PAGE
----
These destroyers intercepted and sank the German weather ship WBS 5 / Adolf Vinnen (391 GRT, built 1929) west of Stadlandet in position 62°29'N, 04°23'E on 24 October 1940. This weather ship had been operating north of Iceland and was on the return trip back to Norway.

All ships arrived back at their bases on 24 October 1940. HMS Bonaventure had sustained some damage to her forecastle in the heavy weather conditions (9)

24 Oct 1940
HMS Somali (Capt. C. Caslon, RN) HMS Punjabi (Cdr. J.T. Lean, DSO, RN) and HMS Matabele (Cdr. R.St.V. Sherbrooke, DSO, RN) sink the German weather ship WBS 5 / Adolf Vinnen (391 BRT) some 25 miles north-west of Stadlandet, Norway.

This sinking is often credited to the British submarine HMS Seawolf but this is not correct.

4 Nov 1940
The battleships HMS Nelson (Capt. G.J.A. Miles, RN, flying the flag of Admiral of the Fleet C.M. Forbes, GCB, DSO, RN) and HMS Rodney (Capt. F.H.G. Dalrymple-Hamilton, RN) and the light cruisers HMS Bonaventure (Capt. H.J. Egerton, RN) and HMS Naiad (Capt. M.H.A. Kelsey, DSC, RN, flying the flag of Rear-Admiral E.L.S. King, CB, MVO, RN) departed the Firth of Forth for full calibre gunnery exercises before these ships were to proceed to Scapa Flow. Due to enemy air activity the exercises were cancelled. Escort for these ships was provided by the destroyers HMS Cossack (Capt. P.L. Vian, DSO, RN), HMS Maori (Cdr. H.T. Armstrong, RN), HMS Matabele (Cdr. R.St.V. Sherbrooke, DSO, RN), HMS Electra (Lt.Cdr. S.A. Buss, MVO, RN), HMS Brilliant (Lt.Cdr. F.C. Brodrick, RN). These were later joined by HMS Punjabi (Cdr. J.T. Lean, DSO, RN) which had come from Scapa Flow. All ships arrived at Scapa Flow the next day with both light cruiser gone ahead of the battleships and destroyers. (9)

5 Nov 1940

Hunt for the German pocket battleship Admiral Scheer after the attack on convoy HX 84.

Timespan: 5 October to 23 October 1940.

In response to the attack on convoy HX 84 by the German pocket battleship Admiral Scheer the Admiralty acted quickly.

The battlecruisers HMS Hood (Capt. I.G. Glennie, RN, flying the flag of Vice-Admiral W.J. Whitworth, CB, DSO, RN), HMS Repulse (Capt. W.G. Tennant, CB, MVO, RN), light cruisers HMS Naiad (Capt. M.H.A. Kelsey, DSC, RN, flying the flag of Rear-Admiral E.L.S. King, CB, MVO, RN), HMS Phoebe (Capt. G. Grantham, RN), HMS Bonaventure (Capt. H.J. Egerton, RN) and the destroyers HMS Somali (Capt. C. Caslon, RN), HMS Eskimo (Cdr. St. J.A. Micklethwait, DSO and Bar, RN), HMS Mashona (Cdr. W.H. Selby, RN), HMS Matabele (Cdr. R.St.V. Sherbrooke, DSO, RN), HMS Punjabi (Cdr. J.T. Lean, DSO, RN) and HMS Electra (Lt.Cdr. S.A. Buss, MVO, RN) departed Scapa Flow at 2330/5 to proceed to the last reported position of the German pocket battleship 52°50'N, 32°15'W at 2003/5.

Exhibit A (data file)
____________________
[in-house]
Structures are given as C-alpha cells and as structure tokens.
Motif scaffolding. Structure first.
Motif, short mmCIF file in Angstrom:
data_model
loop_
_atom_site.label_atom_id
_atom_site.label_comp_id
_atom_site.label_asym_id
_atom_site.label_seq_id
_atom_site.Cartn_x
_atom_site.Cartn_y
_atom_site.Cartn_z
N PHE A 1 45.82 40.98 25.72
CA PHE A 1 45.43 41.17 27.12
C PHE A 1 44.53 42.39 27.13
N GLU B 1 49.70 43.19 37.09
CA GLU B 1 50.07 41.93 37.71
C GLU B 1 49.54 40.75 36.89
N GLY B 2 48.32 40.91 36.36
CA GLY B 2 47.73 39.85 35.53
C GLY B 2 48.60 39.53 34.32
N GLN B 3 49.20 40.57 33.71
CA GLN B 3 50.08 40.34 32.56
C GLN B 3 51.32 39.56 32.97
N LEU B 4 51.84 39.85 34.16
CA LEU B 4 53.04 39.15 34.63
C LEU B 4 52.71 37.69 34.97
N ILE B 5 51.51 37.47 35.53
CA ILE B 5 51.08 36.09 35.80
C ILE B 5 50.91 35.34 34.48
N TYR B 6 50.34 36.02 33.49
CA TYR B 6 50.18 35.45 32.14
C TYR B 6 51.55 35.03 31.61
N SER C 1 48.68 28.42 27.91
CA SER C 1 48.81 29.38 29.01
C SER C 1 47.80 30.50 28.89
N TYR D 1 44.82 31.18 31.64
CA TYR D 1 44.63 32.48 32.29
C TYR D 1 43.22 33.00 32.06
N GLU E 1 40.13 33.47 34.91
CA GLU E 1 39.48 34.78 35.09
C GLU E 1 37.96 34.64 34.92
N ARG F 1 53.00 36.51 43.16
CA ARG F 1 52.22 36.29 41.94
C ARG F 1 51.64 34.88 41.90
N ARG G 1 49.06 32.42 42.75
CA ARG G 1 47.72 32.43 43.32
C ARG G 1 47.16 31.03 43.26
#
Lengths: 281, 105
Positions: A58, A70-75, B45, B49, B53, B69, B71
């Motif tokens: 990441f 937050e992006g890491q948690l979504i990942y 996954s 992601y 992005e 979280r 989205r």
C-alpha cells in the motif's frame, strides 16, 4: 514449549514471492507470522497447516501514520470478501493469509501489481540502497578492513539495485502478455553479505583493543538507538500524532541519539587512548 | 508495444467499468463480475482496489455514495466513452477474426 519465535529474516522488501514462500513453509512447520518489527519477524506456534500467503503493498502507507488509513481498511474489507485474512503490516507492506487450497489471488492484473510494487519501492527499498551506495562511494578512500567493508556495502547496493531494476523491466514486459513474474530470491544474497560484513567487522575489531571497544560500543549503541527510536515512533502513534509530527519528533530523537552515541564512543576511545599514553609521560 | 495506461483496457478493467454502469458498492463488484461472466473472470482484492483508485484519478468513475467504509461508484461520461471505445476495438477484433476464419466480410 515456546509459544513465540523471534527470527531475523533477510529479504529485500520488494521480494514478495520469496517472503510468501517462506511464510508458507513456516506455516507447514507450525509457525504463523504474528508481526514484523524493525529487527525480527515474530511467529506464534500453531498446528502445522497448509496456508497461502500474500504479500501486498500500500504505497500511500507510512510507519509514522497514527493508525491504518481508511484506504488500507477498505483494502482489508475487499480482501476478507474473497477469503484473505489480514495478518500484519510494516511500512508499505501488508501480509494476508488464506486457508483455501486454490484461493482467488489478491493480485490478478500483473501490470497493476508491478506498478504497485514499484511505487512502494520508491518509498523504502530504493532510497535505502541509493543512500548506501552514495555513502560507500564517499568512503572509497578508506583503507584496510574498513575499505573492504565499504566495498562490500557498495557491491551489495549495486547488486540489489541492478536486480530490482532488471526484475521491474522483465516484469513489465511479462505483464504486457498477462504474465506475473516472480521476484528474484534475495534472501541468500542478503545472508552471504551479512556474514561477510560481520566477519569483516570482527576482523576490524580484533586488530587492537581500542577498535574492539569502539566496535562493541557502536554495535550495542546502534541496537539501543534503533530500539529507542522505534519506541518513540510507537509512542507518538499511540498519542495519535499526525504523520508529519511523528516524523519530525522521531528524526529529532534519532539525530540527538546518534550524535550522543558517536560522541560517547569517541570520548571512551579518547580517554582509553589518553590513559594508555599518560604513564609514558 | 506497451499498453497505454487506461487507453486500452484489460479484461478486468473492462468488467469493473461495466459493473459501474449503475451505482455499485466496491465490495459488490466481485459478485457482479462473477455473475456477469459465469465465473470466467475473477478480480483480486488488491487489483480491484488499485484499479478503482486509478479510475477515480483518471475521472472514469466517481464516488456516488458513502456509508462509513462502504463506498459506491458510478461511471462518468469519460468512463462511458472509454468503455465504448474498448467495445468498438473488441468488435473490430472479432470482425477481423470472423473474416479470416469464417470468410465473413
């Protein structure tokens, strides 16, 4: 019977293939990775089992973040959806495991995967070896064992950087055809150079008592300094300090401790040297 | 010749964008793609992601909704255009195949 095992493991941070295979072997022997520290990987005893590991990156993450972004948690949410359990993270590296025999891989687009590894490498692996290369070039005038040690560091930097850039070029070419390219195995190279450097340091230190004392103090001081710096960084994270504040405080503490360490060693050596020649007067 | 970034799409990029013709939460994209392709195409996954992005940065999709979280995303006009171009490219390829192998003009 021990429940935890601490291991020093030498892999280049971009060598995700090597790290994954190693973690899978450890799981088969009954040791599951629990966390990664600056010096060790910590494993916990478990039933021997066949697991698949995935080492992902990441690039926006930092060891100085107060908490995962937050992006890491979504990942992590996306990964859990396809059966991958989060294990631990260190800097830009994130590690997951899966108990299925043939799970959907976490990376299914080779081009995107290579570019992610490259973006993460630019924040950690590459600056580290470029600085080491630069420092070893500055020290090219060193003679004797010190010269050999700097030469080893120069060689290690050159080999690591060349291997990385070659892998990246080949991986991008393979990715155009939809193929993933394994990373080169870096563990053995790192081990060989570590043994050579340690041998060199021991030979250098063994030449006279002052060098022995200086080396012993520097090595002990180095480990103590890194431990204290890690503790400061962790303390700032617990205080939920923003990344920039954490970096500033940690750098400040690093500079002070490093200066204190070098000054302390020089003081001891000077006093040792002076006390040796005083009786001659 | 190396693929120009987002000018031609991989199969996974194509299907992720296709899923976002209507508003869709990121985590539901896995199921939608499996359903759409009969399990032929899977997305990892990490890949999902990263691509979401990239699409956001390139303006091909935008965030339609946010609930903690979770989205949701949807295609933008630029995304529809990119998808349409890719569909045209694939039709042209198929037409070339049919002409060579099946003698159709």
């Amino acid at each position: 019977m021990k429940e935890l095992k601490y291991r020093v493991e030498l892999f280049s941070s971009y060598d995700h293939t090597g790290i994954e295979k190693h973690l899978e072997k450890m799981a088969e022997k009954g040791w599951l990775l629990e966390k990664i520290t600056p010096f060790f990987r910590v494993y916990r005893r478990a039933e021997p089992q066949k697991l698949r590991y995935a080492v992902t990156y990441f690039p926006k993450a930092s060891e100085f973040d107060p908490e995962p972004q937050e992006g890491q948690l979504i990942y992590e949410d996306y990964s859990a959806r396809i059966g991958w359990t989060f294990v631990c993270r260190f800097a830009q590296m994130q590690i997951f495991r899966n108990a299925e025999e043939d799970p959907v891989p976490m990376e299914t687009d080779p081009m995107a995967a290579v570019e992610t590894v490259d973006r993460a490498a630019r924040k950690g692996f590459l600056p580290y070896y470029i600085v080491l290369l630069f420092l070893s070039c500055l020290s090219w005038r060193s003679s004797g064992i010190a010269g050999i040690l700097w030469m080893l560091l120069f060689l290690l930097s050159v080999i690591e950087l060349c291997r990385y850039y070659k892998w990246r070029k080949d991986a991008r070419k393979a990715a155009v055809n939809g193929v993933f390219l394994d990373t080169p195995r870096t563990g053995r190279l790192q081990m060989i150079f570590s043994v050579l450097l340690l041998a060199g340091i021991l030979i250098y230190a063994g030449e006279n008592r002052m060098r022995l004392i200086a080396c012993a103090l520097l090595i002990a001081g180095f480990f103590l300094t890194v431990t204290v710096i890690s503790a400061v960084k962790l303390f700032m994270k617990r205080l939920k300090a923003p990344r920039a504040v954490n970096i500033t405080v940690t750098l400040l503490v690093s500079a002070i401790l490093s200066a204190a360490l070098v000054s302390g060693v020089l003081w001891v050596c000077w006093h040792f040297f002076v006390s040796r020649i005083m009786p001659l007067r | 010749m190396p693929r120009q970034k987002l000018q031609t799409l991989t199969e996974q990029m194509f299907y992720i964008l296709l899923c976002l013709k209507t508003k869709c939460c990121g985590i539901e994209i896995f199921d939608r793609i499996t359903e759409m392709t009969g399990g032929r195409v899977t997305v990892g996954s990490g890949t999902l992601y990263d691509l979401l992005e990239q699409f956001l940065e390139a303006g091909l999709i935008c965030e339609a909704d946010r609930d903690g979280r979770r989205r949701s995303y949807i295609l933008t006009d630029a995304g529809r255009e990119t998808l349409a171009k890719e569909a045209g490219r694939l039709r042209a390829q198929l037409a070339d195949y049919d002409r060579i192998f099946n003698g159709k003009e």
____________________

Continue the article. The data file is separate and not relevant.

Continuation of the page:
At 1050/6 the force split up; HMS Hood, HMS Naiad, HMS Phoebe, HMS Somali, HMS Eskimo and HMS Punjabi proceeded to patrol off the Bay of Biscay to cover the approaches to Brest and Lorient.

HMS Repulse, HMS Bonaventure, HMS Mashona, HMS Matabele and HMS Electra towards the Admiral Scheer's last known position.

At 0700/6 the battleships HMS Nelson (Capt. G.J.A. Miles, RN, flying the flag of Admiral of the Fleet C.M. Forbes, GCB, DSO, RN) and HMS Rodney (Capt. F.H.G. Dalrymple-Hamilton, RN), light cruiser HMS Southampton (Capt. B.C.B. Brooke, RN) and the destroyers HMS Cossack (Capt. P.L. Vian, DSO, RN), HMS Maori (Cdr. H.T. Armstrong, RN), HMS Brilliant (Lt.Cdr. F.C. Brodrick, RN), HMS Douglas (Cdr.(Retd.) J.G. Crossley, RN), HMS Keppel (Lt. R.J. Hanson, RN) and HMS Vimy (Lt.Cdr. D.J.B. Jewitt, RN) departed Scapa Flow to cover the patrols in the Iceland-Faroes Channel.

Shortly before midnight during the night of 6/7 November HMS Rodney was detached to escort to escort convoy HX 83 and once this convoy was safe, HX 85 from Halifax.

Three armed merchant cruisers, which were on patrol were recalled to port on the 8th. These were HMS Chitral (Capt.(Retd.) G. Hamilton, RN), which was to the northwest of Iceland and HMS California (Capt. C.J. Pope, RAN) and HMS Worcestershire (A/Capt. J. Creswell, RN), which were to the south of Iceland. The light cruiser HMS Southampton was ordered to take over the place of HMS Chitral. She split off from HMS Nelson at 1600/8. HMS Worcestershire joined HMS Nelson and her escorting destroyers around 1500/9.